China’s spending on Russian energy hit new record of $8.3 billion in August

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China’s spending on Russian energy products hit a record $8.3 billion last month, as the world’s top importer continues to expand its reliance on Moscow for overseas supplies of crude, oil products, gas and coal.

The haul for August was 68 percent higher than a year ago and included a record amount of coal, according to Chinese customs figures on Tuesday. It brings the total over the six months since Russia’s invasion of Ukraine to nearly $44 billion, an increase of 74 percent.

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Although import values have been inflated by the global spike in energy prices caused by the war, China is still taking more volumes, sometimes at discounted rates, from its strategic ally.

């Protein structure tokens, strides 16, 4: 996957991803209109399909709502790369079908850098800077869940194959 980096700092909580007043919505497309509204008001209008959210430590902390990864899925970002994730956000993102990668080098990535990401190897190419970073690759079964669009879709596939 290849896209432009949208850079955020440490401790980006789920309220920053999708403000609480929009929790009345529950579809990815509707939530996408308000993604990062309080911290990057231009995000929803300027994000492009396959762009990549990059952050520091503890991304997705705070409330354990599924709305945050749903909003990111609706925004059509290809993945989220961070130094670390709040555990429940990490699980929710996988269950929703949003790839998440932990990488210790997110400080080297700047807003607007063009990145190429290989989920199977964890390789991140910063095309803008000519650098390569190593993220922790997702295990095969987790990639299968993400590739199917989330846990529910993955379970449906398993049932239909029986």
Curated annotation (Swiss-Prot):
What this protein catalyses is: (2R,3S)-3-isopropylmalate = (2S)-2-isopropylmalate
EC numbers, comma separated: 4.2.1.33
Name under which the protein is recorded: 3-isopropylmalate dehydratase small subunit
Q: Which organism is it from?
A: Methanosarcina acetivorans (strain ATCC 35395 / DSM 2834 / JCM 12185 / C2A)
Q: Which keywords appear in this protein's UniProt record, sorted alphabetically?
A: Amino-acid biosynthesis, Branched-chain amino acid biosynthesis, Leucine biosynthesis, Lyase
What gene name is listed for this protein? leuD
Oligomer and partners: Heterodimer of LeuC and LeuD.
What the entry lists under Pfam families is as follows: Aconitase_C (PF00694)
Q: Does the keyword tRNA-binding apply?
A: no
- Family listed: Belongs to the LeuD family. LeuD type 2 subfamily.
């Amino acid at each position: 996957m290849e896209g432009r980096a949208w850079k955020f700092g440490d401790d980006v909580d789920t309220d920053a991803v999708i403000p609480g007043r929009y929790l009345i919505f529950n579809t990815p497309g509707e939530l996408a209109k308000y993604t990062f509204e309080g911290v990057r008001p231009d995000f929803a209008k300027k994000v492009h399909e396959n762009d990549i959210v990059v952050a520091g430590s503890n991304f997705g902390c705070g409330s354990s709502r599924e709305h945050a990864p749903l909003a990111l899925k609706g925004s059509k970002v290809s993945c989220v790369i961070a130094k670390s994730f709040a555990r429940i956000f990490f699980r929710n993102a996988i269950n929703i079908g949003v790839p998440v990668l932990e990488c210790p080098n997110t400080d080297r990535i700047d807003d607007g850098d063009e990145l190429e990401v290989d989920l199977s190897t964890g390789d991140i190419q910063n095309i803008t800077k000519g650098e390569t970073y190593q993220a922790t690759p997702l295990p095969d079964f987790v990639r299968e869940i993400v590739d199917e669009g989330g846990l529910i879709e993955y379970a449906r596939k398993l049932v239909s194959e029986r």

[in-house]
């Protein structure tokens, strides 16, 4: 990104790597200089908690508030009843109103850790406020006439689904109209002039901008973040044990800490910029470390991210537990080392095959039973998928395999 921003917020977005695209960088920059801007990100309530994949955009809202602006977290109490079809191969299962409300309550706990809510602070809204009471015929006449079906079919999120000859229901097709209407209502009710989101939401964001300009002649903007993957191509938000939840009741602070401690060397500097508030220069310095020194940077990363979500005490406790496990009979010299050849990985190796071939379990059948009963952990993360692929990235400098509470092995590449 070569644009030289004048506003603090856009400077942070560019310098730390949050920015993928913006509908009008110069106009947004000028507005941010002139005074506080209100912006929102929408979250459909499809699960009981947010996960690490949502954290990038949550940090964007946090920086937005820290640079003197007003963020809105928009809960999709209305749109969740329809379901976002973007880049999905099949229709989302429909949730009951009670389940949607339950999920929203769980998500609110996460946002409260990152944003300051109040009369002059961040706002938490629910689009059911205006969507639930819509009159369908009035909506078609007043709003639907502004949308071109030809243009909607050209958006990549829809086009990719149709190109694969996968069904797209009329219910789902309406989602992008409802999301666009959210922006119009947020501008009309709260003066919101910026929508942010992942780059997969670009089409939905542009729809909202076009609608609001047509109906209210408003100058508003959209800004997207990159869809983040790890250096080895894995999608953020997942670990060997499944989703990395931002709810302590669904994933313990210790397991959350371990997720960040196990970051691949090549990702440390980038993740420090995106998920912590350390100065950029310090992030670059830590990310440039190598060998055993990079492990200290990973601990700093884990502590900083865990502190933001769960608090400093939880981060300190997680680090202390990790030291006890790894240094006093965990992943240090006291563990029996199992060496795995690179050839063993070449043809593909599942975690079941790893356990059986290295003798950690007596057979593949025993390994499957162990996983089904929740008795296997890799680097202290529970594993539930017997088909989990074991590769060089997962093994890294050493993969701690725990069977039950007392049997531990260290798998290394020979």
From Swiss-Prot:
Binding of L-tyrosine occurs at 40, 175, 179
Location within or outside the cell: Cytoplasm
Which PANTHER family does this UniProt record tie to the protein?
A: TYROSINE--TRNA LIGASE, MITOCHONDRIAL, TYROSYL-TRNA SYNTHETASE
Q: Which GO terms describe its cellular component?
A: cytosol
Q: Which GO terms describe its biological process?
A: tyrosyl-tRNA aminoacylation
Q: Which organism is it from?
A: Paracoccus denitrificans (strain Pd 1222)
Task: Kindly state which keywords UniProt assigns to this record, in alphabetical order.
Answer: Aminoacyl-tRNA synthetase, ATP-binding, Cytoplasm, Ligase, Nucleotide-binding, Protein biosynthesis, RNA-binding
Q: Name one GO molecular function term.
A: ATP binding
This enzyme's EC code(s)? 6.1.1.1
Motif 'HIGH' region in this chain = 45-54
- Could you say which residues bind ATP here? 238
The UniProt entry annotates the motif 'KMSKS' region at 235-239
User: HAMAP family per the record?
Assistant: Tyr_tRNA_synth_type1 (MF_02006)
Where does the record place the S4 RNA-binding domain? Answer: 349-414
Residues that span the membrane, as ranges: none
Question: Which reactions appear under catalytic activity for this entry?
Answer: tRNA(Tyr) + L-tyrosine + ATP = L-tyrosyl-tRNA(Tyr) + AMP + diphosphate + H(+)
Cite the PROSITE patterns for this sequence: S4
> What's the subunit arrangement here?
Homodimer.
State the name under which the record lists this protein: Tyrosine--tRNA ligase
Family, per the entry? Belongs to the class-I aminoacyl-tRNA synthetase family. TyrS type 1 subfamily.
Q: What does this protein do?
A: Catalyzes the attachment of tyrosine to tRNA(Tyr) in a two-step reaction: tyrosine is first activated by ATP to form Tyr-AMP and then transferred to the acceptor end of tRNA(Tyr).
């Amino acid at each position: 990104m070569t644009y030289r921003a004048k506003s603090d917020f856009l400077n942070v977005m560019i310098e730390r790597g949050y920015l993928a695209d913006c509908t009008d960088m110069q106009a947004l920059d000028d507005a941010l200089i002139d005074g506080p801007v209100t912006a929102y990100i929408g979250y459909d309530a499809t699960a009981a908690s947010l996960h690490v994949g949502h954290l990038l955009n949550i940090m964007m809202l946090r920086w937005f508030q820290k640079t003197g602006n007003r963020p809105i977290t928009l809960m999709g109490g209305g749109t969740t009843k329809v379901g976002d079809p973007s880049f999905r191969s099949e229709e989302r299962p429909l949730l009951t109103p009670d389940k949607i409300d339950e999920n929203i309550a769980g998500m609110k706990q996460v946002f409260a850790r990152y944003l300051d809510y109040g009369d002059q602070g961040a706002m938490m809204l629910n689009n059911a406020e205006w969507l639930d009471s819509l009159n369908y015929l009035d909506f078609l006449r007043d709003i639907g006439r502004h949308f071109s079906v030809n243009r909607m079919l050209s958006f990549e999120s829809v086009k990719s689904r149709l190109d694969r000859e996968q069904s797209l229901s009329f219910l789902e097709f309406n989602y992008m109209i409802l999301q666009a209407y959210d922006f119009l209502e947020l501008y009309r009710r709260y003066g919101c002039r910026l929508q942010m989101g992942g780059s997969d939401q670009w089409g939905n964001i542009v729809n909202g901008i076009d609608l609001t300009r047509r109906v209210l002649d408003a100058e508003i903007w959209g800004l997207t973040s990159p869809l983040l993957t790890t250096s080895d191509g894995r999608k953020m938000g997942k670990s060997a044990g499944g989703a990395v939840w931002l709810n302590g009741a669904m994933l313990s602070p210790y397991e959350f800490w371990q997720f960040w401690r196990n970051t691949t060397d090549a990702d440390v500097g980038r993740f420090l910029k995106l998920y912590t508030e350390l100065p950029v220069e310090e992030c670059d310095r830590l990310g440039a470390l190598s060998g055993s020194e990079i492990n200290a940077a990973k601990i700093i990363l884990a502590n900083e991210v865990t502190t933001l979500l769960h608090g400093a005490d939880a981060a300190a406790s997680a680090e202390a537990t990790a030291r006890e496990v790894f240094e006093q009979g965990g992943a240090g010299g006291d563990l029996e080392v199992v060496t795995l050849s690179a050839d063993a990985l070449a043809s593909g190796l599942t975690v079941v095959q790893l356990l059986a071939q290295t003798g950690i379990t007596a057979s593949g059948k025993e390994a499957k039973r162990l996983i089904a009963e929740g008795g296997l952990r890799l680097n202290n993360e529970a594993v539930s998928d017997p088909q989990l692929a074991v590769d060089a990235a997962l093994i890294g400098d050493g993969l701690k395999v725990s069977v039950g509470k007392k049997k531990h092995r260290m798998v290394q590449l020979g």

Russia for its part needs to find a home for exports that are being shunned by much of the rest of the world as punishment for the invasion.

China’s increased spending also comes despite generally weaker energy imports this year as demand is crimped by a slowing economy and the government’s COVID-Zero policy.

Russian oil exports to China rose to 8.34 million tons last month, from 7.15 million tons in July and 6.53 million a year ago, although it was edged out as the top supplier by Saudi Arabia for the first time since April.

Russia is likely to ship more crude and products to destinations including China in the coming months as Europe tightens sanctions to step up its response to the invasion.

Imports of Russian coal hit a new high of 8.5 million tons, up 57 percent on the year, with coking coal for the steel industry totaling 1.9 million tons. Purchases of liquefied natural gas climbed to 671,000 tons, the highest level since 2020 and 37 percent more than a year ago.

The volumes exclude imports via pipelines, which haven’t been reported by customs since the start of the year, but are the main channel to transport the fuel from Russia to China.

China’s spending on energy in August made up 83 percent of its total imports from Russia.

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